Children of the American Police State: Just Another Brick in the Wall
We don’t need no education
We don’t need no thought control
No dark sarcasm in the classroom
Teachers leave them kids alone…
All in all it’s just another brick in the wall
All in all you’re just another brick in the wall.
—Pink Floyd, “Another Brick in the Wall”
The nation’s young people have been given front-row seats for an unfolding police drama that is rated R for profanity, violence and adult content.
In Arizona, a 7-year-old girl watched panic-stricken as a state trooper pointed his gun at her and her father during a traffic stop and reportedly threatened to shoot her father in the back (twice) based on the mistaken belief that they were driving a stolen rental car.
In Oklahoma, a 5-year-old boy watched as a police officer used a high-powered rifle to shoot his dog Opie multiple times in his family’s backyard while other children were also present. The police officer was mistakenly attempting to deliver a warrant on a 10-year-old case for someone who hadn’t lived at that address in a decade.
In Maryland, a 5-year-old boy was shot when police exchanged gunfire with the child’s mother—eventually killing her—over a dispute that began when Korryn Gaines refused to accept a traffic ticket for driving without a license plate on her car.
It’s difficult enough raising a child in a world ravaged by war, disease, poverty and hate, but when you add the police state into the mix, it becomes near impossible to guard against the growing unease that some of the monsters of our age come dressed in government uniforms.
The lesson being taught to our youngest—and most impressionable—citizens is this: in the American police state, you’re either a prisoner (shackled, controlled, monitored, ordered about, limited in what you can do and say, your life not your own) or a prison bureaucrat (politician, police officer, judge, jailer, spy, profiteer, etc.).
Unfortunately, now that school is back in session, life is that much worse for the children of the American police state.
The nation’s public schools—extensions of the world beyond the schoolhouse gates, a world that is increasingly hostile to freedom—have become microcosms of the American police state, containing almost every aspect of the militarized, intolerant, senseless, overcriminalized, legalistic, surveillance-riddled, totalitarian landscape that plagues those of us on the “outside.”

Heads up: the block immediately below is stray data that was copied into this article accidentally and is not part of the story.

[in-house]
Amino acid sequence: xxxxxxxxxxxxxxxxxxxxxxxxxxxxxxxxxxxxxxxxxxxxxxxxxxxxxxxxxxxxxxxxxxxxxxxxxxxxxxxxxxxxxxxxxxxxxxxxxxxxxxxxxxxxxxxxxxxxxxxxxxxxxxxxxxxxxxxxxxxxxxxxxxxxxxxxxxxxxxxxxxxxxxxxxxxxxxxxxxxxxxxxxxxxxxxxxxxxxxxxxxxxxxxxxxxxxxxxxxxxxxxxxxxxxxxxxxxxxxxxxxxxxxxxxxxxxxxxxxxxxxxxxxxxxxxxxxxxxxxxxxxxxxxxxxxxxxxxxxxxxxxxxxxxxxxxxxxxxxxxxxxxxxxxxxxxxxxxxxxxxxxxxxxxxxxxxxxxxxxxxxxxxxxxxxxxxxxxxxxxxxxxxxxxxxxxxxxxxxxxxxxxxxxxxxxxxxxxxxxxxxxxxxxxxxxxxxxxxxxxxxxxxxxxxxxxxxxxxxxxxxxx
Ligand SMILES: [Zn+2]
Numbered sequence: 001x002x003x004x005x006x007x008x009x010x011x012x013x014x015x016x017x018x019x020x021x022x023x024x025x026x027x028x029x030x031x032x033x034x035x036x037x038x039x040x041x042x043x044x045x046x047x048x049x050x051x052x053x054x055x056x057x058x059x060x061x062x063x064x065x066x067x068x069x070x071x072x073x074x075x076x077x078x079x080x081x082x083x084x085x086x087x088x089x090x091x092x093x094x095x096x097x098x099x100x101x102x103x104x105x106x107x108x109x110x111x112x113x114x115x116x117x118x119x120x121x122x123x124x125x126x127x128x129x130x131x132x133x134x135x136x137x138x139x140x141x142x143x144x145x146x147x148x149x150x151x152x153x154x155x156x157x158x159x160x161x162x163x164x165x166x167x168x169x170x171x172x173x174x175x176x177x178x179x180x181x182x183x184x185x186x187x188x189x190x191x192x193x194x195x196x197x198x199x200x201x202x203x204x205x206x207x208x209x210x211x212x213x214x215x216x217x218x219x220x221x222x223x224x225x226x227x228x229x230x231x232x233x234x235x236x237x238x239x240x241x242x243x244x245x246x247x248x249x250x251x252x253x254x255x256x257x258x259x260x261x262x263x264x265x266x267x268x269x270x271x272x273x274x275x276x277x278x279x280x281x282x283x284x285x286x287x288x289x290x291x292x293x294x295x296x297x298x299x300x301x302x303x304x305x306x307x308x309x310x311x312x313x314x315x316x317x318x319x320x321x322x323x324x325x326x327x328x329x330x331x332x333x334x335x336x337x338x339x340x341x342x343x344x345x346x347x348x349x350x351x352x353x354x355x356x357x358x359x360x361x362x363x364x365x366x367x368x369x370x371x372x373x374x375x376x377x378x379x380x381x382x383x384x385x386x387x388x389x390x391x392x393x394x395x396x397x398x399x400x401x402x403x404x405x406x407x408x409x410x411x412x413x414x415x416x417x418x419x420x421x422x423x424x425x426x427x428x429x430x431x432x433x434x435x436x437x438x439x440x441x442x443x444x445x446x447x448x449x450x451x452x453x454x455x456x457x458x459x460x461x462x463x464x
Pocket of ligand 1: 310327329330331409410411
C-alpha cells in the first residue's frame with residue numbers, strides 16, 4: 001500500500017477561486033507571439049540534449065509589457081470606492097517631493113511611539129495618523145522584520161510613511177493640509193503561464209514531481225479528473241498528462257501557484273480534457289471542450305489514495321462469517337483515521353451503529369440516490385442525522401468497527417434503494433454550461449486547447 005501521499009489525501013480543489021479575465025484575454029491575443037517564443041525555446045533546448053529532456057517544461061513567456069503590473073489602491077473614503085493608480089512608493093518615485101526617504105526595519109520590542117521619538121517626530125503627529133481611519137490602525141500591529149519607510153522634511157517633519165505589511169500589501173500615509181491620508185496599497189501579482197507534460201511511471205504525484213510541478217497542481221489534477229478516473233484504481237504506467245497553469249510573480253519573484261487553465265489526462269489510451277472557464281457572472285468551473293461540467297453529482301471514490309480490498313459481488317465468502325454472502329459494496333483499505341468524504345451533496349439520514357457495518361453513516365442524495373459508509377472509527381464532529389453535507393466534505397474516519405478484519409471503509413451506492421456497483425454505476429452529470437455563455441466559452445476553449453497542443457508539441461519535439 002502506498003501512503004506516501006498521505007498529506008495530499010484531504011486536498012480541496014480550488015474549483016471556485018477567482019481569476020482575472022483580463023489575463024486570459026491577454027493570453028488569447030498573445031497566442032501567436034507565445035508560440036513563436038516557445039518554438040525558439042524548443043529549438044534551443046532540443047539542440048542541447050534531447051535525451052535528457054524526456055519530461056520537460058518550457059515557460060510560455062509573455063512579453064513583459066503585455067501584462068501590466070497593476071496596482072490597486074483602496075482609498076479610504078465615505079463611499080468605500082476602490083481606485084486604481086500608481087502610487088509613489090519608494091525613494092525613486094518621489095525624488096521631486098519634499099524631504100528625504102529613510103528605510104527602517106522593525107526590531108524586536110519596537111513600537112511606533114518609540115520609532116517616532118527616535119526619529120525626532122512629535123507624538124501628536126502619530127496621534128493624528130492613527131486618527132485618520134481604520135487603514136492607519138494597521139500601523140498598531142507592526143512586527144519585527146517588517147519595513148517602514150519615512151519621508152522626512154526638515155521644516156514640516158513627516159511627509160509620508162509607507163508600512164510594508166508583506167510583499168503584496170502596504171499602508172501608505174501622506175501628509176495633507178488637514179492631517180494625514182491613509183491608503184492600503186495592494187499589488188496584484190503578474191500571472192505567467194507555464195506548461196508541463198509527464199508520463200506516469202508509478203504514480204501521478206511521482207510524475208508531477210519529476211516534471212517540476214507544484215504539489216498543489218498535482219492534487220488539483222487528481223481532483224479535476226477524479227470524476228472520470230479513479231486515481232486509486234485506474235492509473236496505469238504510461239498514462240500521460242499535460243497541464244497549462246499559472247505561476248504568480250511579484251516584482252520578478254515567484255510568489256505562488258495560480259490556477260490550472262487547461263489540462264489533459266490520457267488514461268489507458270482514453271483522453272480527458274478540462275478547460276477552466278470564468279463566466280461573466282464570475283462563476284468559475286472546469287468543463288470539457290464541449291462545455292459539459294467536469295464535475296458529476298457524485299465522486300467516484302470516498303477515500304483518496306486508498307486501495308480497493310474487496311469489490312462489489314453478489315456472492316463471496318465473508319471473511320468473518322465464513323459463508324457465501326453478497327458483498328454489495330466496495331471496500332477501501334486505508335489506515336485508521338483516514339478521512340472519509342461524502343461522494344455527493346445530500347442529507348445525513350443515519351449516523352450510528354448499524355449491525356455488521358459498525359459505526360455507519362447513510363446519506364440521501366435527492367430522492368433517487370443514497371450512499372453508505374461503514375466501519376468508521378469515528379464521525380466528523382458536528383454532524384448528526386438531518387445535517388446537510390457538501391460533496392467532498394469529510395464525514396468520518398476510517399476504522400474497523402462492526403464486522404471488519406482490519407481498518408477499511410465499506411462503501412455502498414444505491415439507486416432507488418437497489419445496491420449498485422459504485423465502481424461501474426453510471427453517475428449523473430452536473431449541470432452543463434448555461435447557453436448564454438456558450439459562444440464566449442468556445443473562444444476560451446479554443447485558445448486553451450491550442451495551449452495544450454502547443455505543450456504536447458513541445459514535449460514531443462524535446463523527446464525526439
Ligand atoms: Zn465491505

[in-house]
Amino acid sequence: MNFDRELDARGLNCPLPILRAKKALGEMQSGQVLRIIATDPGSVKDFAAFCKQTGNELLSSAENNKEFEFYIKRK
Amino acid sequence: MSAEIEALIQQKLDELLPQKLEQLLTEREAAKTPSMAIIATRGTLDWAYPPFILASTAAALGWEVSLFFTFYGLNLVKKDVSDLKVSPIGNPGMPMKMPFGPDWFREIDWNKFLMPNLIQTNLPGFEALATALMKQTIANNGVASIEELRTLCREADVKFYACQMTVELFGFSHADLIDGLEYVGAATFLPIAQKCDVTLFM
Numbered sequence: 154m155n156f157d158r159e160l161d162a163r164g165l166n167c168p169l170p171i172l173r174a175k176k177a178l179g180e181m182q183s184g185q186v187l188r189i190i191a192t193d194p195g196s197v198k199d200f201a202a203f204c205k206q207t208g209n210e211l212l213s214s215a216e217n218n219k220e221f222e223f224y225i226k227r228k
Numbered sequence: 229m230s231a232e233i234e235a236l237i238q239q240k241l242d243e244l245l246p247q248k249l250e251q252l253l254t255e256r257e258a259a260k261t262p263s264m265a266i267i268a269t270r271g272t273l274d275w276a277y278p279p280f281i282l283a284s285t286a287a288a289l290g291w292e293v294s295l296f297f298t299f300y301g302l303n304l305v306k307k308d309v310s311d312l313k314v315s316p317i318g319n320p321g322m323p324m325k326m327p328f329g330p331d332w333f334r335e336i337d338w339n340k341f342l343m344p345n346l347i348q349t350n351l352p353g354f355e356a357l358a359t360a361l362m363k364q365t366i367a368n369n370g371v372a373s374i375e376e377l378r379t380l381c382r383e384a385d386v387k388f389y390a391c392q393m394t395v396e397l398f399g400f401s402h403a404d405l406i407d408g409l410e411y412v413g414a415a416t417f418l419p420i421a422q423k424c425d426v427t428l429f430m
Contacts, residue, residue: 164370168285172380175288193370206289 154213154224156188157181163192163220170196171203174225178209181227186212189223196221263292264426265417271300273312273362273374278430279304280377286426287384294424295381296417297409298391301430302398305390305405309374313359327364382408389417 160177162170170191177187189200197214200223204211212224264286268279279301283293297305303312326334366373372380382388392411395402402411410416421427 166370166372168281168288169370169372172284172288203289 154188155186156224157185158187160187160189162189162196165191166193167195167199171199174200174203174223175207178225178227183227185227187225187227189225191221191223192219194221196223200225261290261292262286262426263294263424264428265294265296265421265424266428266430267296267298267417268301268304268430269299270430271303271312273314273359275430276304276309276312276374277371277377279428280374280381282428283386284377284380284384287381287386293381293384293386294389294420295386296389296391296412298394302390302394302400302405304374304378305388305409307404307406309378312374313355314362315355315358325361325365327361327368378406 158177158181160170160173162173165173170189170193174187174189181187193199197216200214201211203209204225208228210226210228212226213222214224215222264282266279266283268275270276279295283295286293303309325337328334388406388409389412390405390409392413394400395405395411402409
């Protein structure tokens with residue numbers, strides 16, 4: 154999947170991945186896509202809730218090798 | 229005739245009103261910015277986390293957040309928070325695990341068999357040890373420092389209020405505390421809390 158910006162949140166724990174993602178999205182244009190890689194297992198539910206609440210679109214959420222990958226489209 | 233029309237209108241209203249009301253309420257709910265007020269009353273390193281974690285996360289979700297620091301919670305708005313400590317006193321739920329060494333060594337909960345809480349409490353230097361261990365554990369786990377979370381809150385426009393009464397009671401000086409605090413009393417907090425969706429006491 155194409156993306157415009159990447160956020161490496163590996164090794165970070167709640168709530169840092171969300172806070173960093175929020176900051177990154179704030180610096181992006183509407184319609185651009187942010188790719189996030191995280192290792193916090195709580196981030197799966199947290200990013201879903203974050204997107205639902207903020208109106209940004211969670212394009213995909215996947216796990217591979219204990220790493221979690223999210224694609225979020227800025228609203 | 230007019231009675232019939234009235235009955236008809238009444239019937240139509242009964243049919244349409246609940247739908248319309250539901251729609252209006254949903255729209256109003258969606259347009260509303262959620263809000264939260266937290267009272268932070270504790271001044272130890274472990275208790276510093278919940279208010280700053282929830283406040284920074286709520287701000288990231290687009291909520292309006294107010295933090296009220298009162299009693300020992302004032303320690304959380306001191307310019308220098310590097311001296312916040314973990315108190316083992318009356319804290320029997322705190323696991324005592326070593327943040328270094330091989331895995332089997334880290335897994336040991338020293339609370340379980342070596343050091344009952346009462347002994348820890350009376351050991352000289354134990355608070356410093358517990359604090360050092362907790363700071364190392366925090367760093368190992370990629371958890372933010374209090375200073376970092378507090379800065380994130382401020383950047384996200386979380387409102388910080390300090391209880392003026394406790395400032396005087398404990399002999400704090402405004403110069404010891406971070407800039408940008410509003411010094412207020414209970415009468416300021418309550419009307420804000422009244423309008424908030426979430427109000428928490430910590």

If your child is fortunate enough to survive his encounter with the public schools with his individuality and freedoms intact, you should count yourself fortunate.
Most students are not so lucky.
From the moment a child enters one of the nation’s 98,000 public schools to the moment he or she graduates, they will be exposed to a steady diet of
- draconian zero tolerance policies that criminalize childish behavior,
- overreaching anti-bullying statutes that criminalize speech,
- school resource officers (police) tasked with disciplining and/or arresting so-called “disorderly” students,
- standardized testing that emphasizes rote answers over critical thinking,
- politically correct mindsets that teach young people to censor themselves and those around them,
- and extensive biometric and surveillance systems that, coupled with the rest, acclimate young people to a world in which they have no freedom of thought, speech or movement.
Clearly, instead of making the schools safer, we have managed to make them more authoritarian.
Young people in America are now first in line to be searched, surveilled, spied on, threatened, tied up, locked down, treated like criminals for non-criminal behavior, tasered and in some cases shot.
It used to be that if you talked back to a teacher, or played a prank on a classmate, or just failed to do your homework, you might find yourself in detention or doing an extra writing assignment after school.
That is no longer the case.